A Conversation With Dirtybird DJ Justin Jay: “The Deep Satisfaction Comes From the Process and the Journey, Not the Destination”

At Lightning in a Bottle last Saturday, Justin Jay, Dirtybird's Los Angeles based deep- and tech-house DJ, played a rollicking set for a packed crowd at the festival's Woogie Stage. The energy was electric and Jay's thumping, melodic beats were exactly what the doctor ordered.

After the 23-year-old's marathon two-hour set, SF Weekly met with him backstage to ask a few questions about how he got into making music, his college days, and what's up next. 

[jump] SF Weekly: Was Dirtybird the number one label you wanted to be on?

Justin Jay: Dirtybird was like like THE label. I would watch every YouTube video of every DirtyBird player. If I had Dirtybird posters, they would’ve been straight above my bed. I was obsessed. These are like my musical heroes, and they still are. That moment of getting my song on Dirtybird was like the most surreal dream come true that I’ve ever experience, and now it's nuts having become friends with the guys from the label.

SFW: Where is your favorite place to play in San Francisco?

JJ: The S.F. scene is so much fun! I've played Monarch many many times, and that spot is one of my favorite places to play in California. My favorite thing is that you can high-five the kids at the front of the dance floor from the DJ booth. SFW: When did you know you made it as a professional artist?

JJ: When I could start paying for my own food and my rent through music, that was the most surreal thing ever. But no, I haven’t had the viral crazy hit single or anything like that. I've spent most of my last five years in my bedroom just making beats and getting lucky enough to do shows. The grind then and now is just the same. It's not really about hitting the specific milestones 'cause if you put too much pressure on saying, 'Oh, if I just play this show and then I'll make it and then I’ll get to the point (maybe) and be like NOW WHAT?' You’ll still feel the same. And I feel like the deep satisfaction comes from the process and the journey, not the destination.

SFW: What software did you use while you were in your dorm room?

JJ: I just used Logic and a pair of my small speakers in my dorm desk studio.

SFW: What made you bring in the guitar on your new album?

JJ: All the credit goes to me just becoming friends with people who love different types of music. In college [at USC], I joined a frat my freshman year, and there was one other dude that joined with me that was way into music and his name was Josh Taylor. We were the two sensitive music kids in the frat and we were into two different types of music, but we bonded over that mutual passion. I was obsessed with weird house party tech music and Josh was into the feel-good jams you wanna hear on the beach. The last year of college, we just said, 'Fuck it. Let's jam and see what happens.' We started a song on Monday and on Wednesday, we brought in our buddy Benny Bridges to play guitar that Friday night. I decided to miss my flight and drive up Saturday morning with Josh and Benny finishing up the tracks on the way. On the way up though, the computer died half-way on the six-hour drive, so we stopped at an In-N-Out, and the only outlets were on the ceiling. Later, we go to the club, five minutes before we started playing. We did a quick soundcheck and right when I got on, Josh (vocals) and Benny (guitar) got behind me and it was just magical. The next week, we cranked out another one and another one after that.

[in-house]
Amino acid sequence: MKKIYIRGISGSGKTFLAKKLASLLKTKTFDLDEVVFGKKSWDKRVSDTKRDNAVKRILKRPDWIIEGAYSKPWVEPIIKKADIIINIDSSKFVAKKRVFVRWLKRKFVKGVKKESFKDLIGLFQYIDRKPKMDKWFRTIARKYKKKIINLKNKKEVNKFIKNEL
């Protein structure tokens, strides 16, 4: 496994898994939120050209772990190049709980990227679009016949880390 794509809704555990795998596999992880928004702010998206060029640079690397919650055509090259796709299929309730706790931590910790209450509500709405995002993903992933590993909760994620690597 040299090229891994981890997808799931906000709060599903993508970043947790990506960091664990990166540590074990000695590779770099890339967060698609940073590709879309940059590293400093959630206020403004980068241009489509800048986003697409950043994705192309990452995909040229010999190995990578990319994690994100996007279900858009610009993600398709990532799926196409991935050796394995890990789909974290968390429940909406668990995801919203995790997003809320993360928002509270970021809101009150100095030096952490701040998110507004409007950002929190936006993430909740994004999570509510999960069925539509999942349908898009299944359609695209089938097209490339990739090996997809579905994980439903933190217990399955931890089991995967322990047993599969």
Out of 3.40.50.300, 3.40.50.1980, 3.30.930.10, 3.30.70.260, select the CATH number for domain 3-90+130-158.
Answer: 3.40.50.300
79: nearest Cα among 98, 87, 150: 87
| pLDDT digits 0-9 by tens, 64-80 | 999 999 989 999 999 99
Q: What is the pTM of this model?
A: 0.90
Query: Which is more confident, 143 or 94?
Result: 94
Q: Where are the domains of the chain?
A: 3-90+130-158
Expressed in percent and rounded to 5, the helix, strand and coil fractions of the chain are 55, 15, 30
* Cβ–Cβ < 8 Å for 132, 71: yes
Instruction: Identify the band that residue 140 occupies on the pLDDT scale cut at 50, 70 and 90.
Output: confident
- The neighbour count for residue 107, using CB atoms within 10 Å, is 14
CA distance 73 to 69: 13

SFW: How is bringing your crew with you?

JJ: It's so crazy when we have all the homies. We take over the vibe. We set the tone. People are smiling and it feels really good.

SFW: Is that you on the vocals for the EP, Mom, I Graduated?

JJ: Yes. After I made five to six songs with Ben and Josh,I decided to hop on the mic on the two songs “Hit It” and “Rain Dance.”
SFW: What's next for you?

JJ: I just want to push myself to keep on learning about song writing and live music. What's so dope about doing music is when you learn how to do new things. You get to make music that you wouldn’t be able to make before.

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